The basic structure goes something like this in its simplest form:

Beginning is Act I, or the setup
Middle is Act II, or the development
Ending is Act III, or the resolution

The problem is introduced in the setup, or Act I. The beginning of the story must include what she likes to call the CATALYST. A character encounters a problem (whether active or passive, more on this in a minute) and gives us a central question. What will the character do about the problem?

A turning point (T.P. I) occurs between Act I and Act II. It is a twist in the story, something to take the plot into a new direction, and often changes the focus of the action. I had the most trouble with this at the conference. I am used to plotting out an outline of my stories as part of my prewriting. But to pinpoint one action to label the T.P. was a challenge for me. Now I'm having a hard time reading books and NOT looking for one. Of course the first reading is still for pleasure. But afterwards, while thinking about the story, I start analyzing it. During Act II, complications continue, and the conflict gets thicker.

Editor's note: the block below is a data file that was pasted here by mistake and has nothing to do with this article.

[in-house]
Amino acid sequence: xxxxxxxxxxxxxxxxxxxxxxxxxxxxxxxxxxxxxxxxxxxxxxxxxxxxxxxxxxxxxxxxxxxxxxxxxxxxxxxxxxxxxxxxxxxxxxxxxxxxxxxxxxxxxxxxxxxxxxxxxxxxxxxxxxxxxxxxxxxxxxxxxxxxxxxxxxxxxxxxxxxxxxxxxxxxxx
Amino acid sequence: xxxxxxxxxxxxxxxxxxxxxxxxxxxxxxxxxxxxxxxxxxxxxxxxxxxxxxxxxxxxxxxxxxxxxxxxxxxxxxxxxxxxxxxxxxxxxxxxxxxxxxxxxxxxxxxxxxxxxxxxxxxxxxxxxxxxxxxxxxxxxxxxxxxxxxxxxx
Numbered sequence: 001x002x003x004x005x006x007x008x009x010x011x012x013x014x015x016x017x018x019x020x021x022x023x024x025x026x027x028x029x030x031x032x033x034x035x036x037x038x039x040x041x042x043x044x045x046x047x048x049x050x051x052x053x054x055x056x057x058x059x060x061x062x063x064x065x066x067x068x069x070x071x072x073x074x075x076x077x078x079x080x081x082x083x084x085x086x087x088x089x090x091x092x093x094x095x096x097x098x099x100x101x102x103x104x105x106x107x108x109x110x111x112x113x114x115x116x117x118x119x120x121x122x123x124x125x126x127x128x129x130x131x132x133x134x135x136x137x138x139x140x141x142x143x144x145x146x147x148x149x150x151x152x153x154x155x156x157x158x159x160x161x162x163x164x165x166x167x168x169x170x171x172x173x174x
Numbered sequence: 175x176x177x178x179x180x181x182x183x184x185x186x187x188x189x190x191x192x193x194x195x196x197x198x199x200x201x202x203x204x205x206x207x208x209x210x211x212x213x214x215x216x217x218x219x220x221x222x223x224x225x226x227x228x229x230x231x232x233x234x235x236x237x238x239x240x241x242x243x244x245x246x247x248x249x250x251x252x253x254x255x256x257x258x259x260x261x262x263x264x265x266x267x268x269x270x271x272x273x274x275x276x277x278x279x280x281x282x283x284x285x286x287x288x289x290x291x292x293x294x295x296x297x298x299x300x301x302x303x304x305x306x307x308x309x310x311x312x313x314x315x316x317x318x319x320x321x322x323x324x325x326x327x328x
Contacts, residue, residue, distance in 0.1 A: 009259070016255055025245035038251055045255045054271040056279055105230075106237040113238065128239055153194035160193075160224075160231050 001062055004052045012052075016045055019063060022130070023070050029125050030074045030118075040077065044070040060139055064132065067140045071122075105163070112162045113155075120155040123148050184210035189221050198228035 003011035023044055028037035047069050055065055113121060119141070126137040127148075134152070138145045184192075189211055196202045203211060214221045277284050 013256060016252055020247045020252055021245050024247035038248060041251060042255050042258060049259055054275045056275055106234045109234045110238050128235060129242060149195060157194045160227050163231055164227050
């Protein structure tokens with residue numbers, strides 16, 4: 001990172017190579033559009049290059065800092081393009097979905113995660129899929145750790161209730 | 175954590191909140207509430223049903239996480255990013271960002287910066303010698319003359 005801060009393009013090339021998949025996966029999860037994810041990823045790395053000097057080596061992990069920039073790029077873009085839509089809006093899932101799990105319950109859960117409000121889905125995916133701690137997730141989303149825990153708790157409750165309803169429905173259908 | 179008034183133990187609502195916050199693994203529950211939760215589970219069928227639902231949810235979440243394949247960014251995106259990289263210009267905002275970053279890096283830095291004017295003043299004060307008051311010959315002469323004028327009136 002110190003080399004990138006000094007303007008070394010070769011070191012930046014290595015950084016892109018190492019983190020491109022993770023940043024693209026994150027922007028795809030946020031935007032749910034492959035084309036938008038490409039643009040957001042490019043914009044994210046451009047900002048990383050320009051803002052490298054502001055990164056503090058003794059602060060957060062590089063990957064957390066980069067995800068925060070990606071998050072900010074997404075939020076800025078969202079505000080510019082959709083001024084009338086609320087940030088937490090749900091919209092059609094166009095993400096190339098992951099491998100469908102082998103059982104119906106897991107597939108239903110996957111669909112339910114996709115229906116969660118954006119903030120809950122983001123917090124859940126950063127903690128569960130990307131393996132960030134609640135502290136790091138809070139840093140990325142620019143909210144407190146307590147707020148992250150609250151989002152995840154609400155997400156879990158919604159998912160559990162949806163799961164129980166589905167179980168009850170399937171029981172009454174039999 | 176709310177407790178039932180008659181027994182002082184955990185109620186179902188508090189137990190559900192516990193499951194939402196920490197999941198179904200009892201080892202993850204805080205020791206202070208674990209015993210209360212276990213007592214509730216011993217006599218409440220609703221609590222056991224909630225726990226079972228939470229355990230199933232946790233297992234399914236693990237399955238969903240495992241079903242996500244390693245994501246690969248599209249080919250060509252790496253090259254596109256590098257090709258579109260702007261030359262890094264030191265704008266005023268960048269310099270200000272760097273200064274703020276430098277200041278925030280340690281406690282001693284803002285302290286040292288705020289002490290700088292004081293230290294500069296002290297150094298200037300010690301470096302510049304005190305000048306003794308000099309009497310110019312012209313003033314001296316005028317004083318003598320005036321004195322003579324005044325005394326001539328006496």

T.P. II bridges the gap from Act II to Act III. This second turning point speeds up the action and leads into the resolution of the problem. She calls the climax the big finish, where all the loose ends are neatly tied up and the problem has been solved. Then, say no more.

I know it's a lot to take in. And if you don't really get, that's okay. It's basically another way to think about:
If you get the chance to attend the Bootcamp in person, Linda and Laura will address this Three-Act Structure in more detail and give plenty of explanation and examples. It's worth it, even if it's just to give your brain another way to think about plot.

So, to tie in yesterday's topic of conflict with today's topic of story line, I'll try to explain what I mean by active and passive problems, which I believe I touched on yesterday (er...Thursday). When a character wants something, has a goal, a quest, or something of that nature, and then has a hard time attaining it because a problem arose, I call that an active problem. No matter what the problem is, the character still wants to reach the goal. When a character inadvertantly happens upon a problem, I like to call that a passive problem, as in my hiccup story. She wasn't specifically wanting anything in particular, but her goal was to get rid of the problem and to return to life as normal. Just something to think about when you're thinking about your characters and the problems they face.

Next topic: Children's Fiction Categories